Communities During COVID: From Coast to Coast

As like everything and everyone else, Farmers Markets have had to adjust their ways of operating during 2020. We were curious in what ways our Farm 2 Facts members on the West Coast (ACE Farmers Markets) functioned during this year in comparison to our East Coast (Hope & Main) market members. Here’s an inside look into how our members have dealt with the adjustments that have come with this year.

West Coast

This past year, Kelly Smith, the market organization manager of ACE Farmers Markets in the Bay Area of California kept her markets running, and even expanding, just with new safety precautions in place.

In the beginning of the pandemic, when shutdowns were happening left and right, Farmers Markets joined efforts and collectively wrote letters to the governor of California requesting that he designated Farmers Markets essential.
Once markets were deemed essential and the initial COVID shutdown was over, Kelly and FM LITE (a group of 3 other market organizers and supporting agencies) invited local health officials to join their monthly meeting. During these meetings, both Kelly and the local health officials worked on creating best practices for market organizers with the visiting public, vendors, and staff in mind. These meetings still occur as COVID precautions and restrictions continue to change.

The precautionary measures were put into action and ACE Farmers Markets started to open back up again. In order to keep everyone safe, Kelly scaled back the amount of vendors and only allowed farmers and packaged food vendors at the markets. Out of her 10 locations, only 8 began operating as the officials within those governances saw the importance of local foods. One of the locations that did not operate had to relocate off of county property to a privately owned location due to COVID closure. The other remains closed for the year because it has insufficient space to properly social distance. Kelly is working on ways to bring this last market back for the 2021 season as the community misses attending it.

Recently, the city of Santa Rosa’s Economic Development Department engaged Kelly and her team in a new market located in a pocket of need in southwest Santa Rosa. The city sees this market as a way to help the local community in a multi-prong approach; providing healthy foods, creating small local businesses and creating a social setting at a neglected property.

East Coast

In other cases, farmers markets were not only trying to take precautionary measures against COVID-19, but also actively trying to solve the resulting instability in vulnerable populations.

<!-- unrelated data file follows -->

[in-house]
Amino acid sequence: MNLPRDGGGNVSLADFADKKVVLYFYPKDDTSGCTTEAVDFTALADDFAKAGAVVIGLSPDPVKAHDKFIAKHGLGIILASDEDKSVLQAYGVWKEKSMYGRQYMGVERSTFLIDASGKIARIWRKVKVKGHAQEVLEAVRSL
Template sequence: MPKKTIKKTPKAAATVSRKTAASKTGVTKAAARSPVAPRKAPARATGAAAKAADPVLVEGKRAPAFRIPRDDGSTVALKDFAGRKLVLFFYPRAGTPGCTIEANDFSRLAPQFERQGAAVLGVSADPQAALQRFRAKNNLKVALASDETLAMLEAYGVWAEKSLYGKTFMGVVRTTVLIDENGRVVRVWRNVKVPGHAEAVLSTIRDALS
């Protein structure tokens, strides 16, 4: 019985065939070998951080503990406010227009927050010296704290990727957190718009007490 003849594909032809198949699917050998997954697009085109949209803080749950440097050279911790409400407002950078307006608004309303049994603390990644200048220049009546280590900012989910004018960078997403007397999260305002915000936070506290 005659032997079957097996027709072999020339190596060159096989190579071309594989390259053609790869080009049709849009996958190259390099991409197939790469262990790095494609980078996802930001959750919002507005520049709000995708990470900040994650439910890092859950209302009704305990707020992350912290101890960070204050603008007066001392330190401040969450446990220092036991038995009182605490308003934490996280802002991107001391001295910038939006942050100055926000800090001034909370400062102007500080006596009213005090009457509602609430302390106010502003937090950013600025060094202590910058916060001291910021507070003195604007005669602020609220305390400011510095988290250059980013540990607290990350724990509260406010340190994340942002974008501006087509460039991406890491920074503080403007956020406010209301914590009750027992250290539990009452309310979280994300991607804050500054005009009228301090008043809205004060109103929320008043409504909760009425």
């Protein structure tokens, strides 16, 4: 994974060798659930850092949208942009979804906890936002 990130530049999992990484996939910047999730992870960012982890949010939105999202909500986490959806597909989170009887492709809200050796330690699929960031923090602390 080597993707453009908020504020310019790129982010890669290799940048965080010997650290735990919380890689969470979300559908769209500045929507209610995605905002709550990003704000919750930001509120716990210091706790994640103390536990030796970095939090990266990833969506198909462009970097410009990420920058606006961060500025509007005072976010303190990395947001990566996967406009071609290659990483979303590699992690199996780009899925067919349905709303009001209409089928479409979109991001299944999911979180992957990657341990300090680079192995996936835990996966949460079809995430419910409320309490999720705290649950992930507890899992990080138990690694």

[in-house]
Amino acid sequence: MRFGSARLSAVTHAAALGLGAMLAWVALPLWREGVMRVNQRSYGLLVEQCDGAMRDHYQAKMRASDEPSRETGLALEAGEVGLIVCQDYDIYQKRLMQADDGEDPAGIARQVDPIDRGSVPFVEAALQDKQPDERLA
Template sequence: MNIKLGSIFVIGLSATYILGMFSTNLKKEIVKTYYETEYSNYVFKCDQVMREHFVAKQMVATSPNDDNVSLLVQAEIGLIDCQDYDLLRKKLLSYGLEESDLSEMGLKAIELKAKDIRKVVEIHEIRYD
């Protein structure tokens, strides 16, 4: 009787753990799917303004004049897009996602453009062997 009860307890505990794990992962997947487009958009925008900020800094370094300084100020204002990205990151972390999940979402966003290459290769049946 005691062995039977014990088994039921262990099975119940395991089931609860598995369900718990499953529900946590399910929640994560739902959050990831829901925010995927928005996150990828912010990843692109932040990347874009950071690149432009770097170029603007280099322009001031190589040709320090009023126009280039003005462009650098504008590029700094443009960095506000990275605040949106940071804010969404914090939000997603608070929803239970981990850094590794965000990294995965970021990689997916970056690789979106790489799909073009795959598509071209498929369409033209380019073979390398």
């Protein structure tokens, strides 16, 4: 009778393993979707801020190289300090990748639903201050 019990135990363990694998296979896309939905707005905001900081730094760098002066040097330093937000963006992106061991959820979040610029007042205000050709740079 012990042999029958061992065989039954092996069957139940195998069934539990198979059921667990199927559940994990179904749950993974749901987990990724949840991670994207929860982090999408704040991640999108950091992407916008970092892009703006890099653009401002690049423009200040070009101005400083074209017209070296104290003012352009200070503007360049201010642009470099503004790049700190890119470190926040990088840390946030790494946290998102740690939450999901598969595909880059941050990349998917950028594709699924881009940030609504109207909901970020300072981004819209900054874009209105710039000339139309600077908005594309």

Hope & Main (H&M), a kitchen incubator and food hub in Rhode Island, stepped up to stopgap food security issues during the COVID-19 shutdown. Although H&M was created for the purpose of helping local food businesses get off the ground and didn’t have prior experience with distributing meals, their team was eager to engage in this effort to help their community.

H&M coordinated with the Bristol-Warren School District to distribute school meals at their farmers market, the Schoolyard Market. The market manager, Caitlin, recognized the demands for meals in addition to the school-provided meals. The children were being fed—but what about the rest of their family? In consideration of this need, Hope & Main worked with their incubated food businesses to begin preparing and distributing meals during the market. Anybody who needed it could pick up the meals—no registration or identification required.

The meals made by Hope & Main members were a far cry from the frozen mozzarella sticks and baby carrots offered by school cafeterias. A family in need could pick up high quality meals, like harissa chicken over cous-cous, on market nights. These meals were consciously made with fresh ingredients by local producers. Ali, the marketing director from H&M, said they wanted to “show people you deserve real food. You’re just as human as I am… you deserve food equity.” In fact, the meals were so attractive that H&M created a “Buy One Give One” program, so that families could buy the prepared meals and in turn fund meals for a neighbor in need.

The program offered by H&M concluded on Schoolyard Market’s last day of the season, but H&M is still seeking ways to continue this program in the future. To learn more, visit their website!

It’s times like these where we have to find the silver lining in things; the organizations featured in this blog have done just that and stepped up in a time of need. Shout out to you, Kelly and Caitlin for recognizing your communities’ needs and filling the gaps.

Do you know someone who has gone the extra mile to make a difference during this pandemic? Or manage a market that makes a difference? We’d love to hear from you!

Contact us at to share your story.